Healthy Cooking: Make this berry galette for a sweet treat without the sugar

For a festive dessert that’s less sugary than a pie, try this fruit-filled galette. CONTRIBUTED BY KELLIE HYNES
For a festive dessert that’s less sugary than a pie, try this fruit-filled galette. CONTRIBUTED BY KELLIE HYNES

A neighbor asked me to bring dessert to our street’s Memorial Day picnic, followed with an admonition not to make anything “too healthy.” Oh, I’m sorry, Barbara. You know what’s a bigger buzzkill than fruit salad? Diabetes. I picked up the figurative gauntlet with my proverbial oven mitt and promised to deliver a homemade sweet treat. Only the joke would be on her, because my dessert would taste sublime, not sugary. I call that better living through spite.

Unfortunately, my sass is sharper than my baking acumen. I needed something that looks far more complex than it actually is, which happens to be the description of a galette. A dessert galette is typically a fruit-filled pastry. It resembles a pie in spirit, but with a flat, free-form crust (call it “rustic”) that doesn’t invite a critique.

Blueberries are naturally sweet, so I could avoid cups of added sugar. Some coconut flakes and a mere tablespoon of coconut palm sugar, which has a lower glycemic index and more nutrients than regular table sugar, were all I needed to make the galette deliciously dessert-y.

The crust comes together with a few pulses of the food processor. My healthy cooking heart couldn’t stomach using only all-purpose flour, but a crust made entirely of whole-wheat flour was as tough as the crowd at the picnic. I split the difference and used half a cup of each, which yields dough that’s hearty, not heavy. I employed a similar 50/50 technique for the fat, using half the traditional amount of butter and making up the difference with trans fat-free coconut oil.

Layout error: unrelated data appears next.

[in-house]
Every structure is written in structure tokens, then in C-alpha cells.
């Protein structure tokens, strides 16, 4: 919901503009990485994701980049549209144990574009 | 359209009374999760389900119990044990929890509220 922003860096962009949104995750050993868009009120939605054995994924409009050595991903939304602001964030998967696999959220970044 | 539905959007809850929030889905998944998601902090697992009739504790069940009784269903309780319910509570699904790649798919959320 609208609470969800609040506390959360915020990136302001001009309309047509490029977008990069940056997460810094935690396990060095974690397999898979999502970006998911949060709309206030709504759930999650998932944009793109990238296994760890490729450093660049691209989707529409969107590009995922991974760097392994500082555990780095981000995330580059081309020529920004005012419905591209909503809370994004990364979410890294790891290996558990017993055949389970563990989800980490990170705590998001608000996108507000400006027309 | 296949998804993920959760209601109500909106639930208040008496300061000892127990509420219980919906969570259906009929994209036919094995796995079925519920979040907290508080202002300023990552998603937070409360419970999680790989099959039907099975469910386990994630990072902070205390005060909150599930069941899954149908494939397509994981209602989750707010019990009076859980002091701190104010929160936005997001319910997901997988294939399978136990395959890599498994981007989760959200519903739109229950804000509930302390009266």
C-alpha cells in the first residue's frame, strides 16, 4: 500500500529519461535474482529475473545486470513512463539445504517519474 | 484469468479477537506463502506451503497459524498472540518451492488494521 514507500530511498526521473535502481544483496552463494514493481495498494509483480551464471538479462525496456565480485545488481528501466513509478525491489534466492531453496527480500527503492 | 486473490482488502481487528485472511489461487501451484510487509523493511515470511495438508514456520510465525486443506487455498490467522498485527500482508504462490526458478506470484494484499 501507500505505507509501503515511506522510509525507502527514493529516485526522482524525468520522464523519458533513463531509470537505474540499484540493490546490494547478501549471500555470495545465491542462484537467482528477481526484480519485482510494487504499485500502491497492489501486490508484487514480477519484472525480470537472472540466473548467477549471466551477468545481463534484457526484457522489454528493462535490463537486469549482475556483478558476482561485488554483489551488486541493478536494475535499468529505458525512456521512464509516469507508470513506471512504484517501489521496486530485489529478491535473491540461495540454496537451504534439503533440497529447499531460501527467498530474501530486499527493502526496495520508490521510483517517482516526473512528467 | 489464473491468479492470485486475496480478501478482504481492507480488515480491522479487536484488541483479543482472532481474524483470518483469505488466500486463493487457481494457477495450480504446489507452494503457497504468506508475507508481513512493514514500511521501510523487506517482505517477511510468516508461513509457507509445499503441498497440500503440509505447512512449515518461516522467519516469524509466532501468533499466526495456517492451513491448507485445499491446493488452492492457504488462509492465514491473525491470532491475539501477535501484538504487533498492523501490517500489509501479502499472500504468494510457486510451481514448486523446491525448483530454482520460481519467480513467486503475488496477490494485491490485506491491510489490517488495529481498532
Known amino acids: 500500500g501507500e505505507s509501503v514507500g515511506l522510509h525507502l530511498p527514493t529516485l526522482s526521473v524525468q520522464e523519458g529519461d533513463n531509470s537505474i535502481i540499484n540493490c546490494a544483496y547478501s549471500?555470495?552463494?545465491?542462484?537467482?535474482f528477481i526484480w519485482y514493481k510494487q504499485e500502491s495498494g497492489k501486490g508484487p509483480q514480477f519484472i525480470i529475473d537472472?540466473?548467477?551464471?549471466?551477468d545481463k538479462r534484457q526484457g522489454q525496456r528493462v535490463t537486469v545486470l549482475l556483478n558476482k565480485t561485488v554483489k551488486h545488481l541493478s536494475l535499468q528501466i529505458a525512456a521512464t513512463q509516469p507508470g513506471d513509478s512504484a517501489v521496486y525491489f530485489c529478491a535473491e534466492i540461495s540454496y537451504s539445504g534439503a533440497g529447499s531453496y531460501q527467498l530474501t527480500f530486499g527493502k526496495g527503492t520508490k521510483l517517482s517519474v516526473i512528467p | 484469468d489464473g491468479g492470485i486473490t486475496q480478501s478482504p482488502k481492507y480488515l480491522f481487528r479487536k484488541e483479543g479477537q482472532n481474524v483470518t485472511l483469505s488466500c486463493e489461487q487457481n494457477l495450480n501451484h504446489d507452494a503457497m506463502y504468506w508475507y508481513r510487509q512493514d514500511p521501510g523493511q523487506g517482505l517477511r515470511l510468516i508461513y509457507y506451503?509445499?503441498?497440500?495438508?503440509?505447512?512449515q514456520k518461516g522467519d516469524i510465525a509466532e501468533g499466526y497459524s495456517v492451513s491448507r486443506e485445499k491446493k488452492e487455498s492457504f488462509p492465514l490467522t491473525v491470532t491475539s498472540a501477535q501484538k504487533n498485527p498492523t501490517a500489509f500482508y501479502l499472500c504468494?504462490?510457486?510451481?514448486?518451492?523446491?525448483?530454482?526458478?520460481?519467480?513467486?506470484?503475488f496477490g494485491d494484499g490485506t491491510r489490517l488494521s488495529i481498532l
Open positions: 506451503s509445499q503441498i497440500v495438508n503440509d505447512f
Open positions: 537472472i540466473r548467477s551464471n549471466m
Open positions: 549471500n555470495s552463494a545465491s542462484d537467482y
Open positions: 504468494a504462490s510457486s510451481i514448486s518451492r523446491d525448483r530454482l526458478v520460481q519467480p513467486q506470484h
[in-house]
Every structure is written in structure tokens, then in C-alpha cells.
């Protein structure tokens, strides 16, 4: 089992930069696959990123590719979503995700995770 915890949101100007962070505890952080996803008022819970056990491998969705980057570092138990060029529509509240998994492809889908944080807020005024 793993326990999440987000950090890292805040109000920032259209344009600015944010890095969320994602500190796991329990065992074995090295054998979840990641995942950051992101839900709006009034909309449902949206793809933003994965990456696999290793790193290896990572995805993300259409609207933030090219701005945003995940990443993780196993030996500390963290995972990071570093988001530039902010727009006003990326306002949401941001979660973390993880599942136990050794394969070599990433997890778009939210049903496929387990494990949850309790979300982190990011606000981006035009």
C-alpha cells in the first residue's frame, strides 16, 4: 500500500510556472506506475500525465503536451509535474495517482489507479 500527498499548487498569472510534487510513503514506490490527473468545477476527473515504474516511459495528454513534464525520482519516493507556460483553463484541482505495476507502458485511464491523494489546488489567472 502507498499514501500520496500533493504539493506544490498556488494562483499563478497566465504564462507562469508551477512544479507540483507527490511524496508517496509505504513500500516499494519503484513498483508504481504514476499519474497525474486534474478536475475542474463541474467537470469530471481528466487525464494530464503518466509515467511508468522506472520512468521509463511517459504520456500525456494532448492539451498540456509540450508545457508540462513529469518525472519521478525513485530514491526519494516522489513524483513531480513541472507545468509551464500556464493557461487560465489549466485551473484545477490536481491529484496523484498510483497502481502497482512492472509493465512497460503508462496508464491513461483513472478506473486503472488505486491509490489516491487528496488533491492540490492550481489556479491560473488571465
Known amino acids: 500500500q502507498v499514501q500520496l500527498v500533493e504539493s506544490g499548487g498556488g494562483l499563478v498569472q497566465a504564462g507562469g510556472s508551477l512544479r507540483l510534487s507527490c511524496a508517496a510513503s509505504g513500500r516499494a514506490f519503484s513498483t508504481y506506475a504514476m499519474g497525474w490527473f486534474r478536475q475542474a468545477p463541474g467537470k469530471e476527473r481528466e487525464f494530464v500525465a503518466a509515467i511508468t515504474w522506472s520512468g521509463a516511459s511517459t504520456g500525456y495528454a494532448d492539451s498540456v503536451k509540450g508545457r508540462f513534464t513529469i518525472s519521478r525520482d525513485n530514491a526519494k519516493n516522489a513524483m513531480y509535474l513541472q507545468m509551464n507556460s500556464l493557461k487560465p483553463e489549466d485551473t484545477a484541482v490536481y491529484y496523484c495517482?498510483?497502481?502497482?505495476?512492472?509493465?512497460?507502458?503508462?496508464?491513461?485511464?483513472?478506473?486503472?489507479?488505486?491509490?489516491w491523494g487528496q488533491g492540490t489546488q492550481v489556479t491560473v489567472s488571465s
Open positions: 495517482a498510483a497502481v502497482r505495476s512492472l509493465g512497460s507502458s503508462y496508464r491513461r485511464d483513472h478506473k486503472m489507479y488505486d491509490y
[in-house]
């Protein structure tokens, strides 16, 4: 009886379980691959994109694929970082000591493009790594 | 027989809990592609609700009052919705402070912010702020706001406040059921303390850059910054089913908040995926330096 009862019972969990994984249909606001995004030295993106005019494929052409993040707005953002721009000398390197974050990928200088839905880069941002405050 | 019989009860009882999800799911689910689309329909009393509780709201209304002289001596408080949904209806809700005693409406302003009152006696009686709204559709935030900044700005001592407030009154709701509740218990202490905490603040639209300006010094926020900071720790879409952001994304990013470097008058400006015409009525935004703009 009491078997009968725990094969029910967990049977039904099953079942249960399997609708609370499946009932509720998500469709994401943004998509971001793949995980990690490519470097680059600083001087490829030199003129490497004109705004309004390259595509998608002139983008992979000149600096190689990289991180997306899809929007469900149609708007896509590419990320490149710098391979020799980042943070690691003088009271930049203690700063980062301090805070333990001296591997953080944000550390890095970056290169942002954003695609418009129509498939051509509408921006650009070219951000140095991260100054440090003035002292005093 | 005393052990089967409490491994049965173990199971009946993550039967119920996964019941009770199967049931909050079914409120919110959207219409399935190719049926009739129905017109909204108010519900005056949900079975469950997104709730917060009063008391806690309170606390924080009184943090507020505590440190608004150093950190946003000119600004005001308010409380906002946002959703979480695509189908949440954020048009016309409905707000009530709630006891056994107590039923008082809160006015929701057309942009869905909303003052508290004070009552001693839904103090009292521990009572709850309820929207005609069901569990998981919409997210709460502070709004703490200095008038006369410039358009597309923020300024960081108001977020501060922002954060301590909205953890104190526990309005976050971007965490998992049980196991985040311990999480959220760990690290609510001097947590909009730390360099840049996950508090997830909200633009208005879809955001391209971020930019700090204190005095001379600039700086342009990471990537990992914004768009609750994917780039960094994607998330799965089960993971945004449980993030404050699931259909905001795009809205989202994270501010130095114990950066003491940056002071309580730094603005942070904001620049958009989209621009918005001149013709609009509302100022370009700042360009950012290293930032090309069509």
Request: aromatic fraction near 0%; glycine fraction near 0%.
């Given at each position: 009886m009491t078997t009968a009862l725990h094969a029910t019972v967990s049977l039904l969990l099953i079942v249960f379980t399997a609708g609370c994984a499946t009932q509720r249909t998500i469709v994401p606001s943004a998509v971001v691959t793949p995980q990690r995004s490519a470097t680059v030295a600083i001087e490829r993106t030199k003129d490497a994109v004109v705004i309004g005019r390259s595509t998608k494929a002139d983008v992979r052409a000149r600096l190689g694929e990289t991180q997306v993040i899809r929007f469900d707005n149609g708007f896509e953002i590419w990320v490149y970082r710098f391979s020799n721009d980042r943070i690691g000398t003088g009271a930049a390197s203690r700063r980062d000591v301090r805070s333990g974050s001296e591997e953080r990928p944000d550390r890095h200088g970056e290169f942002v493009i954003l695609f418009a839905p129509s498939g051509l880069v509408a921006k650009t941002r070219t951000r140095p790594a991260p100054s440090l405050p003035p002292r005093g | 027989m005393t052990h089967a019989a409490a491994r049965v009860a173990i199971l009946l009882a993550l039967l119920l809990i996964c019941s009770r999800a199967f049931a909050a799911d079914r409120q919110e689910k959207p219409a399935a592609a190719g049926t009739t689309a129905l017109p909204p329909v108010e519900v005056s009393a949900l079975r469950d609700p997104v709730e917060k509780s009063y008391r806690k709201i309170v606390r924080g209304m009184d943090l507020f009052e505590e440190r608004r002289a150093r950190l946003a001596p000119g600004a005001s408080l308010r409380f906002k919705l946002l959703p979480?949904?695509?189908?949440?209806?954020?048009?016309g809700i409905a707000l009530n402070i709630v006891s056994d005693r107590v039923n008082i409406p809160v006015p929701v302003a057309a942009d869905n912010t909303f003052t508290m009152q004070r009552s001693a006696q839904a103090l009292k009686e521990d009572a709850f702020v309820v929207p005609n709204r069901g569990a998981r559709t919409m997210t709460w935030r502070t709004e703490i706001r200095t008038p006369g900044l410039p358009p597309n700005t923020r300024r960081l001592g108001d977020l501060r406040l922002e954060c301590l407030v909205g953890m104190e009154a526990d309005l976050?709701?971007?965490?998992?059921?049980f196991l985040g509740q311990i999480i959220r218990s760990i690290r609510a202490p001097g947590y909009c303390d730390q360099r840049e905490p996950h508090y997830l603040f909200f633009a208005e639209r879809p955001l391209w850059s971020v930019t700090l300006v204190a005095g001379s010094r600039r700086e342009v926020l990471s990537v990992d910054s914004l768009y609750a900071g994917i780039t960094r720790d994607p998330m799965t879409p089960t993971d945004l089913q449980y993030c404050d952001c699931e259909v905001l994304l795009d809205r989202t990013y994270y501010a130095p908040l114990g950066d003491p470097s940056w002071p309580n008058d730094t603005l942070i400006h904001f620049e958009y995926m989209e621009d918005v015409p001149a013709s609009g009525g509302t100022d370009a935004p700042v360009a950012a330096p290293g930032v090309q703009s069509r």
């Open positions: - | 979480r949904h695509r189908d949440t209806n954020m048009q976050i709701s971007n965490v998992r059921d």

Next, pour yourself a glass of ice water. You will need an indeterminate amount to bind your fat and flour together. In general, I found 1 1/2 tablespoons to be the perfect quantity, except for one time when my dough was inexplicably too wet even though none of the other ingredients had changed. This unpredictability is embraced by true bakers and hugely frustrating for the rest of us. If it happens to you, I can empathize and offer that my dough became perfectly manageable after cooling its heels for an extra hour in the refrigerator. And if a little chill out time isn’t the key to handling life’s difficult situations, enjoying blueberry galette sure is.

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